Monday 9 June 2014

Costanera Sur, Buenos Aires, June 2014

It is hard to know which moment to pick as the highlight of this post. It could have been the long-awaited Great Grebe or the surprise Plumbeous rail. After looking at Red-fronted Coots all morning, it came as a shock to find that they qualified for the red-pen too. The Guira Cuckoos performed as usual and at last I remembered how to work my camera. So it was a good day all round.

Compared with previous visits, the list was slightly low at 44, but I put much of that down to birds migrating north, though in truth I have no clue about the migratory habits of the Argentinian avifauna. The list made it past the 40 mark by virtue of the waterfowl that had come to enjoy the flooded Lago de Los Copios along the inland promenade.

I was only able to cover a limited area of the reserve today as I had come straight from the flight and therefore had a late start. I checked the promenade and the southern trail.
I started by moving north to south along the promenade which was already quite busy on a Sunday morning. Personal security was at the front of my mind for much of the day and I tried to be as discrete as possible with my camera, but this area comes under the watchful eye of the Navy and they have a reputation for dealing firmly with miscreants. So the crime rate here is lower than in other parts of the city, but nevertheless, it doesn’t do to flaunt these things.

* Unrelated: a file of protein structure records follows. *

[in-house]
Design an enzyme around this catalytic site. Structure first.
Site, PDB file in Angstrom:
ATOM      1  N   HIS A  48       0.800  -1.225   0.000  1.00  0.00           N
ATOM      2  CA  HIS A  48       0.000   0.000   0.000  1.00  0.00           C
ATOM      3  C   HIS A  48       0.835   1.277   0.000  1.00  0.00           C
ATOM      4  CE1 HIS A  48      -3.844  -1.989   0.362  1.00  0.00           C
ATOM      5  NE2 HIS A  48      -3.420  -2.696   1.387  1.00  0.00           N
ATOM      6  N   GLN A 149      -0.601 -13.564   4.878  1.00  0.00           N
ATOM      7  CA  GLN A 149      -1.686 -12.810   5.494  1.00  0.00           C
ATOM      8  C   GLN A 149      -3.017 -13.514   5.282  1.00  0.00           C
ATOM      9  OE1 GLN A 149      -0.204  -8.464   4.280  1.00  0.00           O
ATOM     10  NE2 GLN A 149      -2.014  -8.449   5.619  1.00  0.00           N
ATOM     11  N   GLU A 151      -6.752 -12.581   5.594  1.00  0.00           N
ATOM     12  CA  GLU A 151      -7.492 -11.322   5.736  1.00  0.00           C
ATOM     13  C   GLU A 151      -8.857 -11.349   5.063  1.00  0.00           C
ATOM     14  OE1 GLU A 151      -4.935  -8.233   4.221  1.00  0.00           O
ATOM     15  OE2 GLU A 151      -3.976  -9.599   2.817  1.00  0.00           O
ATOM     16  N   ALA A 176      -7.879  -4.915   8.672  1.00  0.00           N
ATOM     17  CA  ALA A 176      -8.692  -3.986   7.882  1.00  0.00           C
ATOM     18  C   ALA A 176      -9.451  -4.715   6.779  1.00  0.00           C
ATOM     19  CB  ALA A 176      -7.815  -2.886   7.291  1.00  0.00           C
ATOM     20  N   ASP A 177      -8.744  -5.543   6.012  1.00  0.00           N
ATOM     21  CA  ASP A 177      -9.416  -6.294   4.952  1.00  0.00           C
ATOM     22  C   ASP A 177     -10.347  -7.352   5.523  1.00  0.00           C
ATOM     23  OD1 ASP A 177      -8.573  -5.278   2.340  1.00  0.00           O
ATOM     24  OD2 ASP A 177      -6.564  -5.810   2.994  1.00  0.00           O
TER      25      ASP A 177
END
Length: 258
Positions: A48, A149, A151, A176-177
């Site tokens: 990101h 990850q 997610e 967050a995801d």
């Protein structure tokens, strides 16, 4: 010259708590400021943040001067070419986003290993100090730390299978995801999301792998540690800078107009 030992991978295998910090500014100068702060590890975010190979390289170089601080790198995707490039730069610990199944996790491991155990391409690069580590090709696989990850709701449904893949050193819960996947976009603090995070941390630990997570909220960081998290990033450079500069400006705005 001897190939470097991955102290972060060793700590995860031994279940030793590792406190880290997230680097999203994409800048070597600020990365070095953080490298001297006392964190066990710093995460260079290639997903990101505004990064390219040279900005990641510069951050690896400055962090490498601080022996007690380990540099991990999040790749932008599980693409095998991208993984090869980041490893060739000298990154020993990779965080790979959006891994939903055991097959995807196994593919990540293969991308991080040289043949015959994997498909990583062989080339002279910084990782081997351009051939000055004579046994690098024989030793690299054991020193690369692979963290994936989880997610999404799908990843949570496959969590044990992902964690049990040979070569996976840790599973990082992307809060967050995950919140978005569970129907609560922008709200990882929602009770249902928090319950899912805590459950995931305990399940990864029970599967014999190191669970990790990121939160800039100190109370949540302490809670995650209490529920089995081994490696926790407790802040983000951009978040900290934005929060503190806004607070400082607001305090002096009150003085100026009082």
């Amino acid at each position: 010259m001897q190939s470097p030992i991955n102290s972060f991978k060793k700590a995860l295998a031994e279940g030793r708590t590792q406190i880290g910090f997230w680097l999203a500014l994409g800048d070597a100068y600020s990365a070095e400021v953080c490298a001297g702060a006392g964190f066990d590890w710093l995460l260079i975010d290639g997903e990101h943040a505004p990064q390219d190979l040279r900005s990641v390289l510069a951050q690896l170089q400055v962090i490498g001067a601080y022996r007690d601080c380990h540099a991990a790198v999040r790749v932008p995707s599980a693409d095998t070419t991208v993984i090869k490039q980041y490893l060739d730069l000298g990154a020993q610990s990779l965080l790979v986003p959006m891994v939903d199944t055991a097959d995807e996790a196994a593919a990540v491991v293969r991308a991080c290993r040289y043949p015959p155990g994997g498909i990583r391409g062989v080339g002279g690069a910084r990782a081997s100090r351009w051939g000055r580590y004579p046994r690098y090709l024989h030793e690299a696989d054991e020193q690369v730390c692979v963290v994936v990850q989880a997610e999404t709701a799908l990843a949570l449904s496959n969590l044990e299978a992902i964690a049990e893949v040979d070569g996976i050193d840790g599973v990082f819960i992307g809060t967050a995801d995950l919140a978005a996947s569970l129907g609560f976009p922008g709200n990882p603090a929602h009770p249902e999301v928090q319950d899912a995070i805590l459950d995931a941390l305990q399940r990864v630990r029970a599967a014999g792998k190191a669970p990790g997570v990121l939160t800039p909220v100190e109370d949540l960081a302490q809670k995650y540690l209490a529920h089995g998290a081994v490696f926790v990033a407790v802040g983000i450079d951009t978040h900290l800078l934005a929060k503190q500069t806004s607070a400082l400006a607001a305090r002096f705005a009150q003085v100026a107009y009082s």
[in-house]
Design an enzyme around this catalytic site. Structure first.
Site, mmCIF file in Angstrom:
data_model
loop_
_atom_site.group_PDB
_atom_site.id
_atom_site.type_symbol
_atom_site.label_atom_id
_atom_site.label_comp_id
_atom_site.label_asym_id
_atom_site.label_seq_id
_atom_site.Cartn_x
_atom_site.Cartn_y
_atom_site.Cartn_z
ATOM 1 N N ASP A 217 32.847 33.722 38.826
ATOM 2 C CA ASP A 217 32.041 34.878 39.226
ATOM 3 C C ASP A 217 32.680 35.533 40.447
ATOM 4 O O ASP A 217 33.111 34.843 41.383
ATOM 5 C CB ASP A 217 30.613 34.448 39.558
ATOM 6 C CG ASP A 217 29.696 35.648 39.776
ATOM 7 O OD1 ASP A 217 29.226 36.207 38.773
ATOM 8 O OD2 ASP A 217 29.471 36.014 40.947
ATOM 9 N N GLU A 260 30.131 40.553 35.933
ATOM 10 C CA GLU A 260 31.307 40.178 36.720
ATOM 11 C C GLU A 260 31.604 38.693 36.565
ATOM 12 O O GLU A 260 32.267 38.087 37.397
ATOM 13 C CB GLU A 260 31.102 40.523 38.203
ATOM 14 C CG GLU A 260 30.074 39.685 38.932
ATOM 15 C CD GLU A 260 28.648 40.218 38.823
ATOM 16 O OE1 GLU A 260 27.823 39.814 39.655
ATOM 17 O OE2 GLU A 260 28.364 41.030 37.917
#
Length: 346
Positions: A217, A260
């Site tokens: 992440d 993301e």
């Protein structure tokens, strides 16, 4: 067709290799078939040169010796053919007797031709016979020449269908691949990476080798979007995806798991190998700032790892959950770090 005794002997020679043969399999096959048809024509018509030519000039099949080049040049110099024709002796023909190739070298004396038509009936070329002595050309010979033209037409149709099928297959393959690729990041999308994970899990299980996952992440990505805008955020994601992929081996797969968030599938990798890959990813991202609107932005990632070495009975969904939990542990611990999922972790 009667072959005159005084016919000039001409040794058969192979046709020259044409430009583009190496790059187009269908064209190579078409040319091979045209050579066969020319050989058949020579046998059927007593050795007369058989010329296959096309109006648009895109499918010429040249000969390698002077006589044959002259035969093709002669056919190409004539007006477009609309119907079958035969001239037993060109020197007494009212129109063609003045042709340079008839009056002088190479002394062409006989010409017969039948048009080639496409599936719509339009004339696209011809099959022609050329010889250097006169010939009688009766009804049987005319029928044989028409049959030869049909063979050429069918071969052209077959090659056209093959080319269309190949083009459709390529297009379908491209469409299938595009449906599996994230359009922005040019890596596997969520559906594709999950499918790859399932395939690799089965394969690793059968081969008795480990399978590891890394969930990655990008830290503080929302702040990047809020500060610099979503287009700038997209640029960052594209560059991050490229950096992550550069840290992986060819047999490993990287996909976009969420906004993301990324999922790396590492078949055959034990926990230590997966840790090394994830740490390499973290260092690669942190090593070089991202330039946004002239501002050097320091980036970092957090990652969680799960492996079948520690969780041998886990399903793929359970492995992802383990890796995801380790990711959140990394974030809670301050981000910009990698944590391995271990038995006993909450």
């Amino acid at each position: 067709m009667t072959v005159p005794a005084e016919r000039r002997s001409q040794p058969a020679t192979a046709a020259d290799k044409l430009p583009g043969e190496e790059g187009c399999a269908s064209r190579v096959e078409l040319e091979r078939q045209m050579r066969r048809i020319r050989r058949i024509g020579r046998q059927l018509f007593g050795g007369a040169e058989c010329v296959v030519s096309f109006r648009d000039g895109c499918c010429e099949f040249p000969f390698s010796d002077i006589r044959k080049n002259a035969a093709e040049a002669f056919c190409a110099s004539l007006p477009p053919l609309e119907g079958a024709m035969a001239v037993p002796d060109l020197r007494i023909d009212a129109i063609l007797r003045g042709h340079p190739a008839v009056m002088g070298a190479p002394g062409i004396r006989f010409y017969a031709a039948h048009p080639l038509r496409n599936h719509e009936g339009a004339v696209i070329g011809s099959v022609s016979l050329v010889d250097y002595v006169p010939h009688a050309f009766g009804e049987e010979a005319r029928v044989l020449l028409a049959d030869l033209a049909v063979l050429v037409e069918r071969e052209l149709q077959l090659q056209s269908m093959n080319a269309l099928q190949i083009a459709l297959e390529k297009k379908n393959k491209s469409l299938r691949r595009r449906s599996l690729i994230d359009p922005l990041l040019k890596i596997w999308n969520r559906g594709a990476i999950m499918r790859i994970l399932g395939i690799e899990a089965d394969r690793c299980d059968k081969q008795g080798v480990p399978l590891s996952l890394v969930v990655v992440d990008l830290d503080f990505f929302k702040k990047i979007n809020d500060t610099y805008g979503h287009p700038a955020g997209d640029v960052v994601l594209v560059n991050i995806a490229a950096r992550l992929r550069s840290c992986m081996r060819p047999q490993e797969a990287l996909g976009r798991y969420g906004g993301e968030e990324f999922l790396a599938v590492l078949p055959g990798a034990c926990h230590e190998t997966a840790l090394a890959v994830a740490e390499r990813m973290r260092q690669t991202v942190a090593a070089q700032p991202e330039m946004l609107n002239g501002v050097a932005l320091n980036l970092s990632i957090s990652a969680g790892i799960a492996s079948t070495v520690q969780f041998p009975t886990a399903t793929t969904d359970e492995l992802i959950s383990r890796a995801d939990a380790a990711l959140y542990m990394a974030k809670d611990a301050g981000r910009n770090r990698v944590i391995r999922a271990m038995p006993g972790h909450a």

I waited until I could access the lower walkway that drops to level with the water along the southern third of the promenade (It is usually gated, but the catches are in poor condition and an inquisitive tug will usually result in the gates swinging invitingly open). Work has been going on here to drag much of the weed from the water. Small roosting islands have been built from heaps of the weeds and White-faced Whistling Ducks were using them to roost. A closer look revealed Brazilian Teal, Ringed Teal and a single Rosy-billed Pochard. Despite the Ringed Teal being written in red, I am quite familiar with them as they feature in a local wildfowl collection. The Rosy-billed Pochard was the first one that I had seen since finding them here as a life bird over 18 years ago.